The secret spandex clad lives of Lanarkshire's new wrestling stars

Wrestler John Graham
Firm grip: Motherwell's John 'the Bomb' Graham holds down a regular day job.David James Wilson

When you think of professional wrestling, you think of outlandish characters, jacked-up muscles and a lot of spandex.

Wrestling is the ultimate variety show, with matches on just about every card featuring athletes of all shapes and sizes who encourage the fans to cheer their favourites and boo the villains.

It’s hard to imagine that these men and women, who are presented as real-life superheroes, can live a regular life in between shows.

With the popularity of British wrestling not quite reaching the dizzying heights it once did during the World of Sport era when Big Daddy, Johnny Saint and Mick McManus were household names, there are very few full-time wrestlers active in the UK.

In Scotland, there has been a recent resurgence in the popularity of the sport, particularly in the west where promotions such as the Scottish Wrestling Alliance, Premier British Wrestling and Insane Championship Wrestling have been selling out venues for the last half of the decade.

Despite the success of these companies, many of the performers require a day job to make a living while pursuing the dream of grappling on a bigger stage.

John ‘The Bomb’ Graham, a 6' 3'', 300lb behemoth has recently retired from in-ring competition and has since become a co-owner of the Scottish Wrestling Alliance, a promotion based outside of Rutherglen.

Outside of wrestling, the 30-year-old owns his own removal company (fittingly named Strongman Removals) and worked for the Scottish Spina Bifida Association before moving on to assist Scottish Autism.

The Bomb found that his status as a wrestler was particularly rewarding when it came to his charity work.

“The client group I worked with at Scottish Spina Bifida Association were aged 12 to 18 and mad about sports and wrestling,” he said.

“So they thought it was great that they could come to the shows and cheer me on and get introduced to the other guys for pictures and autographs.”

Graham has become a well-known face in his native Motherwell due to his various occupations. But as rewarding as the work is, it hasn’t always been plain sailing.

“A downside to combining these types of work would certainly be the stress that it puts on your body,” he said.

“For example, after a hard fought match with Joe Coffey on a Saturday night I was back to work on the Sunday, moving a third floor flat. Safe to say by the Sunday night I was pretty tired.”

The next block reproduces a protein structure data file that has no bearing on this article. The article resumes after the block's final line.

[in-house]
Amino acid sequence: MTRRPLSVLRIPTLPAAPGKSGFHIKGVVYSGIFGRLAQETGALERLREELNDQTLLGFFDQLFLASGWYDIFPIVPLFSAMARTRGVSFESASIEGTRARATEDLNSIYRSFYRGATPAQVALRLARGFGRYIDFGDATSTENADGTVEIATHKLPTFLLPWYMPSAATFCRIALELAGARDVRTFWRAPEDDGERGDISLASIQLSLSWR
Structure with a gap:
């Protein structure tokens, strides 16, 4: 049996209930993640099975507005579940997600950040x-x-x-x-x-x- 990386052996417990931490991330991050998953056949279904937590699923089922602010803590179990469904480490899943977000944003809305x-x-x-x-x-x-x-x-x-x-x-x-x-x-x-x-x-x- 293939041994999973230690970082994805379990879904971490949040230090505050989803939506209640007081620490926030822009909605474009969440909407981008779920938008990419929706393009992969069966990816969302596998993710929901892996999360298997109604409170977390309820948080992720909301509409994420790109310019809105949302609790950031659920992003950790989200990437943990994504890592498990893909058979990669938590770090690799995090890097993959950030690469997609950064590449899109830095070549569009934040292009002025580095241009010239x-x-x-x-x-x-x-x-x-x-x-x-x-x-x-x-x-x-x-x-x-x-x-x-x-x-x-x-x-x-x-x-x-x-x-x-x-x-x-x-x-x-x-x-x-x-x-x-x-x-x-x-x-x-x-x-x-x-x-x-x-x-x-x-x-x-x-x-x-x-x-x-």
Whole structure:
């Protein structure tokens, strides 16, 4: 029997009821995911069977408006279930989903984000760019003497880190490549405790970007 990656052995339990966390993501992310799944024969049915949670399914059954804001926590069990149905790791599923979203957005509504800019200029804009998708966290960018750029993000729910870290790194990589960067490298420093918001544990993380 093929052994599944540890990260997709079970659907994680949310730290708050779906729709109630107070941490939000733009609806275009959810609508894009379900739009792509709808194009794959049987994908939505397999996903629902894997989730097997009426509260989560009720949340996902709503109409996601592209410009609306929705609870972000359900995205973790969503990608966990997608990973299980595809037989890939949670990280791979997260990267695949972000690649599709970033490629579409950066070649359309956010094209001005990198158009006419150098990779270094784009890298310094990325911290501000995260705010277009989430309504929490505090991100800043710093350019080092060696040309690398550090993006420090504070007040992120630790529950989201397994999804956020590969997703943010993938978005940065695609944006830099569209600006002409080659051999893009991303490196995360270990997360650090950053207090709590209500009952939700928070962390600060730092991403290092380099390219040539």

Luckily for John he has since retired from wrestling but his work ethic is still strong and he is now faced with the daunting task of becoming a wrestling promoter.

“I have literally been working 24/7 since becoming involved, talking to, emailing and making contacts all over the world," he said.

“I will miss participating in the shows but will still take great satisfaction from the fans enjoyment of the other guys’ matches.”

This part-time approach doesn't confine performers to the darker corners of celebrity stage.

One of the more famous wrestlers to continue his day job was George ‘The Animal’ Steele, who wrestled throughout America from 1967 to 1989 under the gimmick of being an insane wild-man who would tear apart the ring-post padding with his teeth and savage his opponents.

But Steele was in fact the alter ego of William James Myers, born and raised in Madison Heights, Michigan.

Myers considered his career as a teacher to be his true calling. Many of his peers derided him for being a part-time wrestler (at a time when many wrestled full-time), but George was as proud of his day job as he was his WWE Hall of Fame career.

George said: “I was never really George ‘The Animal’ Steele. I was Jim Myers: school teacher, football coach, wrestling coach that was doing something else so I could afford to do what I really love which is teaching and coaching.”

Myers found that it was a simple task to separate his George Steele persona from his private life.

“There were two people using the same body. One was a crazy wacko and that’s George Steele,” he said.

“The other was a very sound-thinking fellow that had dyslexia and a learning disability but was a pretty astute guy when it came to coaching and teaching.”

While burlesque has become the buzz for amateur female performers in Glasgow over recent months, one woman has decided that something a little more brutal suits her best.

In the evenings, Bête Noire is a bruising female grappler who lives by the motto: “Smash faces and regret nothing.”

She has wrestled throughout the UK for various promotions and has steadily gained the reputation as one of the area's toughest female wrestlers.

But by day she is in fact a pastry chef who goes by the somewhat less intimidating name of Lindsay Shields. But if you think battering a pudding and battering another wrestler had nothing in common, think again.

“Much like wrestling, working in a restaurant is another type of performance,” she said.

“You train, you prepare and when the shift starts you work hard from start to finish. It's another adrenaline rush but just in different circumstances.”

By David Thomson

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